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Legislative Week In Review – March 19, 2021

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March 19, 2021

On Monday, March 15th, the House Finance Committee held a public hearing on Senate Bill 5096, also known as the ‘capital gains tax bill’. The bill aims to impose a 7% tax on sales and extraordinary profits (also known as capital gains) of high-valued assets, such as stocks and bonds–if the profits are greater than $250,000.

After that, we also covered a public hearing by the Senate Health & Long Term Care committee on Senate Bill 1225, which aims to  establish a school-based Health Center Program office within the Department of Health.

Our final coverage of the March 15th session focused on a hearing by the House Health Care & Wellness committee–particularly, on Senate Bill 5052. An act which aims to establish health equity zones across the state.

Health equity zones are geographic areas that have measurable poor health outcomes and disparities. they typically contain a small population of communities of color, urban Indian or immigrant communities.

The bill allows the Department of Health and the CDC to document these zones and for regions to also self-identify as a health equity zone.

On Tuesday, March 16th, the House Public Safety committee held a public hearing on Senate Bill 5036, concerning the release of incarcerated individuals from total confinement before their sentence expires.

Depending on the crimes charged, Senate Bill 5036 allows them to petition for conditional commutation if they have served 15, 20, or 25 years of their total sentence.

On the same day, the House Civil Rights & Judiciary Committee convened on March 16th for a public hearing that included Senate Bill 5038–an act that aims to prohibit the open carry of weapons at public demonstrations and state capitol grounds.

The Senate Human Services, Reentry and Rehabilitation committee also held a public hearing on several bills on March 16th–among them, was House Bill 1297. The bill aims to provide a tax exemption for low-income working families in the form of a ‘remittance’ or ‘tax credit’ after January of next year. If passed, the remittance amount may include $500 for qualifying families with no children, $650 for families with 1 qualifying child, $800 for those with 2 qualifying children, and $950 for those with 3 or more.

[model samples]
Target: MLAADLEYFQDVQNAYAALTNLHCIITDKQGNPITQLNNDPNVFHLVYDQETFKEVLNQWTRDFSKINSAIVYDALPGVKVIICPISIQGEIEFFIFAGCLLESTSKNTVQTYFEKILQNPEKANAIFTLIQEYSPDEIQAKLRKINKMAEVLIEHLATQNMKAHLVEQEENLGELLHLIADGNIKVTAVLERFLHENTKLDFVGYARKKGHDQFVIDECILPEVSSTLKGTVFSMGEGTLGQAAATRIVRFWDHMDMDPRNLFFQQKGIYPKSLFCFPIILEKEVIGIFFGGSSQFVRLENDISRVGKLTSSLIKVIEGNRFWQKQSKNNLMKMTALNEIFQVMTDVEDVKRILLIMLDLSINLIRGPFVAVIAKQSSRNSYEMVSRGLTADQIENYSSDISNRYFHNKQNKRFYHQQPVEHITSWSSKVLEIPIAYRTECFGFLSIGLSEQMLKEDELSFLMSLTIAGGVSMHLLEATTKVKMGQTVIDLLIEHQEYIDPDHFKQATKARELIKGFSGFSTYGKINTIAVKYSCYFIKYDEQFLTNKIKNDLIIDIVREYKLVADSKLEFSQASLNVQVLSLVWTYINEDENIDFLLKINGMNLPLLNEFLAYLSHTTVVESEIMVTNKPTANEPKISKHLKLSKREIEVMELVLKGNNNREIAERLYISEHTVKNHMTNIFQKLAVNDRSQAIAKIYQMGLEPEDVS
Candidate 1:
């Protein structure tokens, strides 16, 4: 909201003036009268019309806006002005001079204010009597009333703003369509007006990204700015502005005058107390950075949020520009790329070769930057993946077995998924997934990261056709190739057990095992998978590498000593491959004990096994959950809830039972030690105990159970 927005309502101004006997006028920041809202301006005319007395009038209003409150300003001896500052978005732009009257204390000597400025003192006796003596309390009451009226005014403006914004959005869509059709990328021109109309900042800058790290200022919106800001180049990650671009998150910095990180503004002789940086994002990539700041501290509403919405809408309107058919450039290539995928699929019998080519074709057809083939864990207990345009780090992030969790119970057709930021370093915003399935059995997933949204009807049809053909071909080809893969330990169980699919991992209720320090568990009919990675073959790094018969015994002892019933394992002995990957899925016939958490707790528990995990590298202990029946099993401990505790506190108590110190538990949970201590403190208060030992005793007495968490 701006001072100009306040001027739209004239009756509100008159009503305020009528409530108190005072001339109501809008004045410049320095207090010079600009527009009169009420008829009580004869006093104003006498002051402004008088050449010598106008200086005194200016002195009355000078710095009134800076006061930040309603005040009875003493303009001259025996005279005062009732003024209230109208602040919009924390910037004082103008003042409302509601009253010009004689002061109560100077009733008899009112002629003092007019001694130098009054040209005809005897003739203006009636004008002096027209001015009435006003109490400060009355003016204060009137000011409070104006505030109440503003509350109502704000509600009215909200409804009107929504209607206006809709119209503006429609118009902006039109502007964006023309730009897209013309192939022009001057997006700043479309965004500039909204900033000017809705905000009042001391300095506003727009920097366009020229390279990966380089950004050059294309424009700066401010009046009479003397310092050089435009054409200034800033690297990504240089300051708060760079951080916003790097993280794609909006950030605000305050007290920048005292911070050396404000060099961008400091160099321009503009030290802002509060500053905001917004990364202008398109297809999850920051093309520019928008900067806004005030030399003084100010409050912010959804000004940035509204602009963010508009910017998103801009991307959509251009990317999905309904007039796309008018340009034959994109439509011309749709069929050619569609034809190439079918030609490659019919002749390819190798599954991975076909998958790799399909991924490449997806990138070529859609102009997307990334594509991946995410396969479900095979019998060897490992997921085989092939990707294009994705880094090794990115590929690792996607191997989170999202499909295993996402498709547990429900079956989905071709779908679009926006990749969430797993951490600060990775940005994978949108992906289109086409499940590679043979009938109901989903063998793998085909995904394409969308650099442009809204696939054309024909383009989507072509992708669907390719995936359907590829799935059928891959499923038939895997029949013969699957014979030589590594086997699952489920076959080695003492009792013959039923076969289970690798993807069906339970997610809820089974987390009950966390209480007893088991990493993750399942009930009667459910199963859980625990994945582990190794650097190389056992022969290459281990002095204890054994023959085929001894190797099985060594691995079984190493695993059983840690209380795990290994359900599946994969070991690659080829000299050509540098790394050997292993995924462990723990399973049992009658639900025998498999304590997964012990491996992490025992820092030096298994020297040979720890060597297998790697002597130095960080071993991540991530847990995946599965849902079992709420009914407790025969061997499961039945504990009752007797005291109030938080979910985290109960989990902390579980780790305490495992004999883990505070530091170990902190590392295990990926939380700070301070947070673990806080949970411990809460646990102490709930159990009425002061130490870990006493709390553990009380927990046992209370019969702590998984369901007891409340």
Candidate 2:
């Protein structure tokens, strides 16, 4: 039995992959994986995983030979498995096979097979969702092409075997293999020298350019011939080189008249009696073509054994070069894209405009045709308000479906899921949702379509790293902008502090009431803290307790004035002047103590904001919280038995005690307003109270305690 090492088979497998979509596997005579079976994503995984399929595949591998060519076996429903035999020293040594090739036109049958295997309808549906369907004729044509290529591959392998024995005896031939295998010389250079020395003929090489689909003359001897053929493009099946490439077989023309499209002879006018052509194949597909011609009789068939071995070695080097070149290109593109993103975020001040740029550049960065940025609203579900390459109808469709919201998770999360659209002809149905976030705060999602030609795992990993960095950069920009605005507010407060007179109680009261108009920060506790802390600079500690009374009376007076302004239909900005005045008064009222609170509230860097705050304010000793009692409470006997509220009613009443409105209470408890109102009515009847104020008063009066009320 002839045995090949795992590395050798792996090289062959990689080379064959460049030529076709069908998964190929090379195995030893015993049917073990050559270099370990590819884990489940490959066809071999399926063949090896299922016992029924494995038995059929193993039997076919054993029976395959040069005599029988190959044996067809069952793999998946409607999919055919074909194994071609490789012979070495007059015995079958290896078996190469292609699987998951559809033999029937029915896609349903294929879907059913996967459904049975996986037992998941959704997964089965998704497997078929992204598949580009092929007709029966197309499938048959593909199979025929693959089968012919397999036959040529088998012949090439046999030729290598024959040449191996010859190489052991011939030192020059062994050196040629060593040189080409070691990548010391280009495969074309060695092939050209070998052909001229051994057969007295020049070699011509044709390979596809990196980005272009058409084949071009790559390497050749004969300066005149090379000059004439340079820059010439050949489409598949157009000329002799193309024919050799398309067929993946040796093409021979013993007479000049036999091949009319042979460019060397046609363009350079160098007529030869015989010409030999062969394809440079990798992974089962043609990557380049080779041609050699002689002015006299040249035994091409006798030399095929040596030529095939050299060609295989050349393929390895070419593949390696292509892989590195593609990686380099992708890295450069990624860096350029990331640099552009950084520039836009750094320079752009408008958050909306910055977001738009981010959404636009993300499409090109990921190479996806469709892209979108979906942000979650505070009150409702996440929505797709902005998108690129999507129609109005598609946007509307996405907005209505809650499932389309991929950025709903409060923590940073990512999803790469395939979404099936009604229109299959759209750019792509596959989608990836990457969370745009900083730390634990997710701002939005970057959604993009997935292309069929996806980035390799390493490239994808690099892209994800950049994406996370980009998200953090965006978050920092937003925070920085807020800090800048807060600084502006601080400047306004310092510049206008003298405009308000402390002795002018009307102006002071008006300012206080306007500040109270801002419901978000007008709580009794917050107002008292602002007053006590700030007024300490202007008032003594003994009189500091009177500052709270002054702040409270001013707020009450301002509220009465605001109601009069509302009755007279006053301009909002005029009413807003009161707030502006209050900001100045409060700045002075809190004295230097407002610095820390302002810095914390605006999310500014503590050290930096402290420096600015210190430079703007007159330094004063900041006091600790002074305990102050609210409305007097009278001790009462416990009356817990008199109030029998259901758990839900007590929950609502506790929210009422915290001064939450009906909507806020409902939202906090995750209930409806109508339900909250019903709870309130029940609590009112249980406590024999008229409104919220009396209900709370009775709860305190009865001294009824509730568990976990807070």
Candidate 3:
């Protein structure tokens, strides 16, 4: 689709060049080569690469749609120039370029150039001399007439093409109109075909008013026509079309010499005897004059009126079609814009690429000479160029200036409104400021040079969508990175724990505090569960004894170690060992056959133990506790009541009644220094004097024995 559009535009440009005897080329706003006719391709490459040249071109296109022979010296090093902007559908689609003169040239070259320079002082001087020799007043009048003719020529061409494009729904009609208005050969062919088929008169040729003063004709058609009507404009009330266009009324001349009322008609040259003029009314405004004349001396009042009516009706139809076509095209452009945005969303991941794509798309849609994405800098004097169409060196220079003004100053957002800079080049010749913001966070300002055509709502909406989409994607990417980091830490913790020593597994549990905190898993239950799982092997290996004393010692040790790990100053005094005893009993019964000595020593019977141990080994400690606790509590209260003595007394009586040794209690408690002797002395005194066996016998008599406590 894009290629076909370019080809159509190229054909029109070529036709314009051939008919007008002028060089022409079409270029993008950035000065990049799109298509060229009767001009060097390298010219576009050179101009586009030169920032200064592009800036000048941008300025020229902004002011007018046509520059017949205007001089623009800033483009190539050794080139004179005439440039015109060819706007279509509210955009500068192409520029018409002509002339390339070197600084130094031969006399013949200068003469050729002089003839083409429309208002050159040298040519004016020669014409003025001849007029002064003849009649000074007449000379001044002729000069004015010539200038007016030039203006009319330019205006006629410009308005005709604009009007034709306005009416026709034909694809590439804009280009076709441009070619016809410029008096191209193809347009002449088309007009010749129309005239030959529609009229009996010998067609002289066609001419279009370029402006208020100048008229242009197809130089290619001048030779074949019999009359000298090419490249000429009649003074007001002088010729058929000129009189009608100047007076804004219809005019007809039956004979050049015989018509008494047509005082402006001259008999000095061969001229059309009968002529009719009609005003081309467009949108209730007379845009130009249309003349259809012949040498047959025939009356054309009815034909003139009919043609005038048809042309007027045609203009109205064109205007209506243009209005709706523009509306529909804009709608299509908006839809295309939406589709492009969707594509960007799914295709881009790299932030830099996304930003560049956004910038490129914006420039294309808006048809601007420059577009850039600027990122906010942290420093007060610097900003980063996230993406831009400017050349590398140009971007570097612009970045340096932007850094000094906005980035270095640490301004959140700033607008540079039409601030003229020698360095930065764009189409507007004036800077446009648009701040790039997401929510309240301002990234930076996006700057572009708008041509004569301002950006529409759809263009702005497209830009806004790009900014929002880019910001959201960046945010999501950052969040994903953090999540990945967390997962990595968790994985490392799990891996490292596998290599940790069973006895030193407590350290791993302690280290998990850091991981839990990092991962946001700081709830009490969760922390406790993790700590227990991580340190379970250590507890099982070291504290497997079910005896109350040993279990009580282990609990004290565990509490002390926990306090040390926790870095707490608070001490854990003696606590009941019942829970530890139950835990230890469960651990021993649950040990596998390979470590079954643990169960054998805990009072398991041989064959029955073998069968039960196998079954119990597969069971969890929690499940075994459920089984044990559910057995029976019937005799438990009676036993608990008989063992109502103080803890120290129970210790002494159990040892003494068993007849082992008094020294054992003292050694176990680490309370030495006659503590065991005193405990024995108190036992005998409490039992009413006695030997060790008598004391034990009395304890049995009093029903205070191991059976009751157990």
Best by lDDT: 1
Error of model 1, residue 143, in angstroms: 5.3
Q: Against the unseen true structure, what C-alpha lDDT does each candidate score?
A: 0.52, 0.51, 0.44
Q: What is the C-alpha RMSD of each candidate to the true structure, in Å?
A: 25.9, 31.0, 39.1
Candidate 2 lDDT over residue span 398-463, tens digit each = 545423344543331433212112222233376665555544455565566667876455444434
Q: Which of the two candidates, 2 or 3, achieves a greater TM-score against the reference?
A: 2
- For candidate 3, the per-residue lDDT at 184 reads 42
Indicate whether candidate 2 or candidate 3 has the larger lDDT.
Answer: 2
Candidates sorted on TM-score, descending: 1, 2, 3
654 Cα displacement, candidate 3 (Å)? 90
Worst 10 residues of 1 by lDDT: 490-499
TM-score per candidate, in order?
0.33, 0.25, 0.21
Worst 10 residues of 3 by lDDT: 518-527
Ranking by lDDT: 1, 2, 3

On Wednesday, March 17th, the Senate Health and Long Term Care committee held a public hearing on House Bill 1141–an act relating to the Washington ‘Death with Dignity’ law. The ‘Death with Dignity’ law or Initiative-1000, is a state law passed over a decade ago that allows a physician to provide a terminally-ill adult with less than 6 months to live, the lethal amount of medical doses they need to end their life if they choose to do so.

Also on Wednesday, the House College & Workforce Development committee held a public hearing on Senate Bill 5321–an act that aims to expand access to the College Bound Scholarship Program, which provides a 4-year tuition to students from low-income families. students who are awarded the scholarship must use it within a 5-year period.

Our final coverage of Wednesday’s session focused on a public hearing by the Senate Early Learning and K-12 Education Committee, where House Bill 1113 was discussed. The bill was requested by the Office of the Superintendent of Public Instruction, and aims to extend the truancy petition requirements for school districts.

On Thursday, March 18th, the House Finance Committee held a public hearing on House Bill 1362–an act that proposes changing the annual property tax growth limit from a 1% increase, to a formula that ties increases to population changes and inflation, capping annual increases at 3%.

On the same day, the Senate Environment, Energy & Technology committee held a public hearing. On the agenda, was House Bill 1280. The bill makes it a state policy for major public facilities to incorporate practices that reduce greenhouse gas emissions in their design, and to consider the use of all-electric energy systems, and at least one renewable energy or combined heat and power system in these structures.

We wrapped up our legislative coverage that day with a public hearing by the Senate Business, Financial Services & Trade committee’s discussion on House Bill 1139–an act that aims to help those with previous criminal convictions obtain a professional license for their trade. The bill does this by allowing them to request a determination of whether their criminal history disqualifies them from obtaining a license from the Department of Licensing.


On Friday, March 19th, the Senate Health and Long Term Care Committee convened to discuss House Bill 1272.

The Bill aims to improve transparency in the state’s health system by requiring hospitals to include additional details in their financial reports plus other information to the Department of Health.

On the same day, the House Civil Rights & Judiciary committee convened for an executive session on Senate Bill 5038, which aims to prohibit the open carry of weapons at public demonstrations and state capitol grounds.

Senate bill 5038 passed on a strictly party line vote, and will likely be a highly-contentious bill if it makes it to the house floor.

To keep up with daily highlights in the state legislature, keep watching Legislative Review daily at 8 and 11PM.

Likewise, you can watch all the full coverage of all the aired hearings and sessions on

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